HAMBURGPathologists may soon be able to obtain expert second opinions on specimens through microscope teleconferencing on the Internet, thanks to an oncologic pathology network now under development by a consortium of European Union pathologists and companies. In addition to allowing long-distance consultations, the EURO-PATH projectEuropean Pathology Assisted by Telematics for Healthwill provide pathologists with access to a multimedia European database.
In his presentation at the Ninth European Cancer Conference (ECCO 9), Dr. Gérard Brugal of Université Joseph Fourier, Grenoble (France), said that the chief goal of EUROPATH is to boost communication among pathologists, and thereby improve quality assurance and diagnostic accuracy. Dr. Brugal estimates that the eventual cost of confirming cancer diagnoses via the network would be about one-thirtieth the current cost of inappropriate treatment from misdiagnoses.
A pathologist in one place, using a microscope, a television camera, and a computer, will be able to send information about a case through the network to a colleague in another place who will receive the images on his or her own computer, Dr. Brugal said. Its much faster than mailing a glass specimen and waiting for an answer, with the risk of losing the specimen or damaging the glass.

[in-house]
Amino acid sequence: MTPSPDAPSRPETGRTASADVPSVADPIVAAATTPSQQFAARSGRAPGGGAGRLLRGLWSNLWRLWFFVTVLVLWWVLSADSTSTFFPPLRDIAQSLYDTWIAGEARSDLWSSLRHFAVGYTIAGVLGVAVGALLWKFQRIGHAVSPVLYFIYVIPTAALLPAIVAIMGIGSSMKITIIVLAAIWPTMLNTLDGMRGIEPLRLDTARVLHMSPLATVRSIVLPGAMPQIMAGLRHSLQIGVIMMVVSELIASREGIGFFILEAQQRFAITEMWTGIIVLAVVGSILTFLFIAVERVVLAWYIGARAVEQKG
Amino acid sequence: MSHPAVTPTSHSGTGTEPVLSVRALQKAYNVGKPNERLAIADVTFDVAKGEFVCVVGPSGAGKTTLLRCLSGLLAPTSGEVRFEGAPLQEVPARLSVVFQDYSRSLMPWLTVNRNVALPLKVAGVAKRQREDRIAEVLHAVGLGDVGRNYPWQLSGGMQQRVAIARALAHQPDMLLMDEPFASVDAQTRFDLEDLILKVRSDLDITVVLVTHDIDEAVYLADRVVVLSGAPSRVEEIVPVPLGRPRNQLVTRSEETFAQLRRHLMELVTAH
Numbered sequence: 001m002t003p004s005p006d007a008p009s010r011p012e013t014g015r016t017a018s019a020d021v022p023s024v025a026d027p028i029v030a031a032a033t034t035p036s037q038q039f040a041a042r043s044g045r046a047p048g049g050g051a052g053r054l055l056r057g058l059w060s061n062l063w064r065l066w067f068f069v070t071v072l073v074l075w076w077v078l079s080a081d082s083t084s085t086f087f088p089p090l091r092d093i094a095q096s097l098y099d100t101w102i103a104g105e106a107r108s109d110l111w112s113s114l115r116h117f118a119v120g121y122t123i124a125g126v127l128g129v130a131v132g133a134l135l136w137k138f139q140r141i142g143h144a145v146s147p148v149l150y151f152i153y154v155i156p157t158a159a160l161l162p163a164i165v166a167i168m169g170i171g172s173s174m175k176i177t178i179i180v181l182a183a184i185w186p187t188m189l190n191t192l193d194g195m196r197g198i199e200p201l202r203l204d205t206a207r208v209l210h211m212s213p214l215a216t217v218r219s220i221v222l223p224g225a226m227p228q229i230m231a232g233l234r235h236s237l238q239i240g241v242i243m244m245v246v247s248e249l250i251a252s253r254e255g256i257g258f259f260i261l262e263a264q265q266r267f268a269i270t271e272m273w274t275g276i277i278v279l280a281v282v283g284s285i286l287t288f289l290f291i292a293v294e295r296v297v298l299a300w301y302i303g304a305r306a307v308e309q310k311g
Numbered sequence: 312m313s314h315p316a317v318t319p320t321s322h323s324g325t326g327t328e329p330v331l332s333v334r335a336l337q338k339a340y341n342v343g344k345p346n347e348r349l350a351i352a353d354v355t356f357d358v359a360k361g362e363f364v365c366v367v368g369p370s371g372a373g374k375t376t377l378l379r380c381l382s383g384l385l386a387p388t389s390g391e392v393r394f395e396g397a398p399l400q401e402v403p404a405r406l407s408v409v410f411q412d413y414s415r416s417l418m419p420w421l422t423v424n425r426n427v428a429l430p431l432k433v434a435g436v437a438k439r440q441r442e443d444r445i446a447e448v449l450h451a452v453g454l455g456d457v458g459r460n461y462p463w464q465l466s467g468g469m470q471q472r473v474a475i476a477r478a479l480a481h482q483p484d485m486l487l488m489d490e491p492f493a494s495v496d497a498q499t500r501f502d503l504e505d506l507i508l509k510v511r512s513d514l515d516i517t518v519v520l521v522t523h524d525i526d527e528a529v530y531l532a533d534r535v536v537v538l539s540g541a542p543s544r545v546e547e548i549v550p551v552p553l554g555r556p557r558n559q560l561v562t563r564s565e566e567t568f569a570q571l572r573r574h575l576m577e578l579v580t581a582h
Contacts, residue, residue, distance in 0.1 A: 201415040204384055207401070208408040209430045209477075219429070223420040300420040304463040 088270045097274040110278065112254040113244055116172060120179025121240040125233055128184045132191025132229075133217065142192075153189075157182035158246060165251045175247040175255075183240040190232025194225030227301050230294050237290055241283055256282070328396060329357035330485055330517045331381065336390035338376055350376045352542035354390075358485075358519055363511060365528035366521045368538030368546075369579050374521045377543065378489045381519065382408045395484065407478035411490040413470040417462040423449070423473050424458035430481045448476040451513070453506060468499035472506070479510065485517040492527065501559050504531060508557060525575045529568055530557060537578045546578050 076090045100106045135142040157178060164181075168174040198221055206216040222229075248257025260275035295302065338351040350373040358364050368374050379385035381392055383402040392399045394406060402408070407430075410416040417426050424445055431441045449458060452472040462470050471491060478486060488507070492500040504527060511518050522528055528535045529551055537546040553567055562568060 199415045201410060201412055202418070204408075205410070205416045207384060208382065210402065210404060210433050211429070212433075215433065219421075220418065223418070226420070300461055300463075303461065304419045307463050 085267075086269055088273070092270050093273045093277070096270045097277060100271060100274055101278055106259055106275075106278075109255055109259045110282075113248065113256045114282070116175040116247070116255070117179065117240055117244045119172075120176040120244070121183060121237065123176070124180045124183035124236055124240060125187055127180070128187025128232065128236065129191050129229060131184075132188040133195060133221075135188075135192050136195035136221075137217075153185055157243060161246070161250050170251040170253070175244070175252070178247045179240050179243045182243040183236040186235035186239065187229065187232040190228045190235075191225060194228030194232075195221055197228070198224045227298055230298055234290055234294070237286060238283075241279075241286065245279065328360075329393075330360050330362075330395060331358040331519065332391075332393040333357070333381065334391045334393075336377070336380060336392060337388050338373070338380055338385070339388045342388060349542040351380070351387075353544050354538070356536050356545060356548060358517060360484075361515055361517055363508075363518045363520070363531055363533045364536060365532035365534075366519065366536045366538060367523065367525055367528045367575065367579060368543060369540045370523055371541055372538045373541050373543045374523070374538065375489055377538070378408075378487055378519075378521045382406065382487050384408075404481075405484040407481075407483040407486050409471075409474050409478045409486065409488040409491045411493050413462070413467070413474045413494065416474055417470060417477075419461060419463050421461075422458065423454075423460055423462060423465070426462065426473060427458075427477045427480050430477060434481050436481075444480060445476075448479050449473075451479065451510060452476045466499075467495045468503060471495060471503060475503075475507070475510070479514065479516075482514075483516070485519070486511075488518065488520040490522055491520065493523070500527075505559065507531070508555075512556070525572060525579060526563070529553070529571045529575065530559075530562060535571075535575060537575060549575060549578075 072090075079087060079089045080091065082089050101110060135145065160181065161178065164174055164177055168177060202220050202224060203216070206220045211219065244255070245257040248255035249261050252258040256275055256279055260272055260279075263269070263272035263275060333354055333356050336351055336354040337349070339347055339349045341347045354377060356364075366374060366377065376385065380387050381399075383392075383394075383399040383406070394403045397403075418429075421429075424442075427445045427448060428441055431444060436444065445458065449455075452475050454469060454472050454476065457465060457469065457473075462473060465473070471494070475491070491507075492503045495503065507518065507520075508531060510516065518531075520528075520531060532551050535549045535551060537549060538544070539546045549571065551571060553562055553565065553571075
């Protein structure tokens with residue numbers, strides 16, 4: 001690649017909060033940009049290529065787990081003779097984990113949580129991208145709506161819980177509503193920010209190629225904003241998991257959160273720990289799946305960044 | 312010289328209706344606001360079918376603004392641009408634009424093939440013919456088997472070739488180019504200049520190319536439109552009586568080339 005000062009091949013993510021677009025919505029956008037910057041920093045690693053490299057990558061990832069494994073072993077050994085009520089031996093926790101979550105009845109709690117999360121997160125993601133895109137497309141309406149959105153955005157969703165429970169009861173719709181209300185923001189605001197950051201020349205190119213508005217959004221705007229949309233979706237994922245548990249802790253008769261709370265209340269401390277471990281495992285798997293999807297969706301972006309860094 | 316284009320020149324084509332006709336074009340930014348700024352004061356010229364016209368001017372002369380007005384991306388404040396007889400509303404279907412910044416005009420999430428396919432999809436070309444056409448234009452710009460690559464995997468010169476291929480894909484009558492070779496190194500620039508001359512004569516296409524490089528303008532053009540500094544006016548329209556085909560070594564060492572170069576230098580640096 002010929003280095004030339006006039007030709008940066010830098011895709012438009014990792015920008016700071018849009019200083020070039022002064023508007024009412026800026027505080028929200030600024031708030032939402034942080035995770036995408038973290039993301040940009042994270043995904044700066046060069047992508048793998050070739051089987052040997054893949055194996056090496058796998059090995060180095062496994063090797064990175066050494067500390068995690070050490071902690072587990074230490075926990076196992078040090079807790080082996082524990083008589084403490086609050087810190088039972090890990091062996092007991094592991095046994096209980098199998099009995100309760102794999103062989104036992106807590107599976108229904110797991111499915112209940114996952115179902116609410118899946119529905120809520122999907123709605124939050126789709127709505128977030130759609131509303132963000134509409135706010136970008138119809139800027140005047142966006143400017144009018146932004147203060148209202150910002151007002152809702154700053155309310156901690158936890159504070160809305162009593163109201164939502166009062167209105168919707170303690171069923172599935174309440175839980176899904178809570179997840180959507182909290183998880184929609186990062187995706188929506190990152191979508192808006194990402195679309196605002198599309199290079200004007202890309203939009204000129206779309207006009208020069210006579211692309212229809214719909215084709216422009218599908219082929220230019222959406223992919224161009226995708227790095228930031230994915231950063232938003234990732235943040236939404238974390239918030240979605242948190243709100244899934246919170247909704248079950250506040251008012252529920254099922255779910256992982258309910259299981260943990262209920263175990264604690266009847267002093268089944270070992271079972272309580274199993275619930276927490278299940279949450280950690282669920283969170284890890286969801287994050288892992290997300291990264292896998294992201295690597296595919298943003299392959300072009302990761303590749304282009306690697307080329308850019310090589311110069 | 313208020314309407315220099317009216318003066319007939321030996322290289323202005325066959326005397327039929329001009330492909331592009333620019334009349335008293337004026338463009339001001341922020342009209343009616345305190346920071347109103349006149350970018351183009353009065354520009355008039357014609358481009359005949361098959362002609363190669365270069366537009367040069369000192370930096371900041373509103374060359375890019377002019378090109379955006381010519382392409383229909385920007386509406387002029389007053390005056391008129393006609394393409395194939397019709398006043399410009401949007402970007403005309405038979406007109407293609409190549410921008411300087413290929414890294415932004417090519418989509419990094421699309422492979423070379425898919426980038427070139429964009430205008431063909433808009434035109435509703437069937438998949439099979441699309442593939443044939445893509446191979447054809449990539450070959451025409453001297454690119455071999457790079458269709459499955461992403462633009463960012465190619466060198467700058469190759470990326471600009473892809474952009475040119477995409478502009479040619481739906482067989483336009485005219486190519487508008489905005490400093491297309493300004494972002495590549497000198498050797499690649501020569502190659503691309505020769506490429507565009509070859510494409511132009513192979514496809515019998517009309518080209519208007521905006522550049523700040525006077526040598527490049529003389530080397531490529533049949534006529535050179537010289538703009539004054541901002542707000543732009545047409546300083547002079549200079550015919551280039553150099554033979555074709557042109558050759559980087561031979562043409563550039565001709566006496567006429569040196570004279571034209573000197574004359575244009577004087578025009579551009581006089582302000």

EUROPATHs teleconferencing capabilities will also be implemented for consensus diagnosis in EORTC trials, he said.
The EUROPATH database will include reference images, case reports, and molecular tumor markers. Pathologists will be able to use remote microscope driving to select relevant images from a distance. Dr. Brugal expects that the information stored in the database will be exploited not only in routine practice but also for educational and research purposes.
Among the key tasks to be accomplished before EUROPATH goes on line are the establishment of compatibility and interoperability between major European microscope manufacturers and designers of imaging work stations.
Were going for a European consensus so that software developers and microscope manufacturers will have uniform standards, Dr. Brugal said. Medical protocols and guidelines will also have to be created to support the new oncologic pathology network.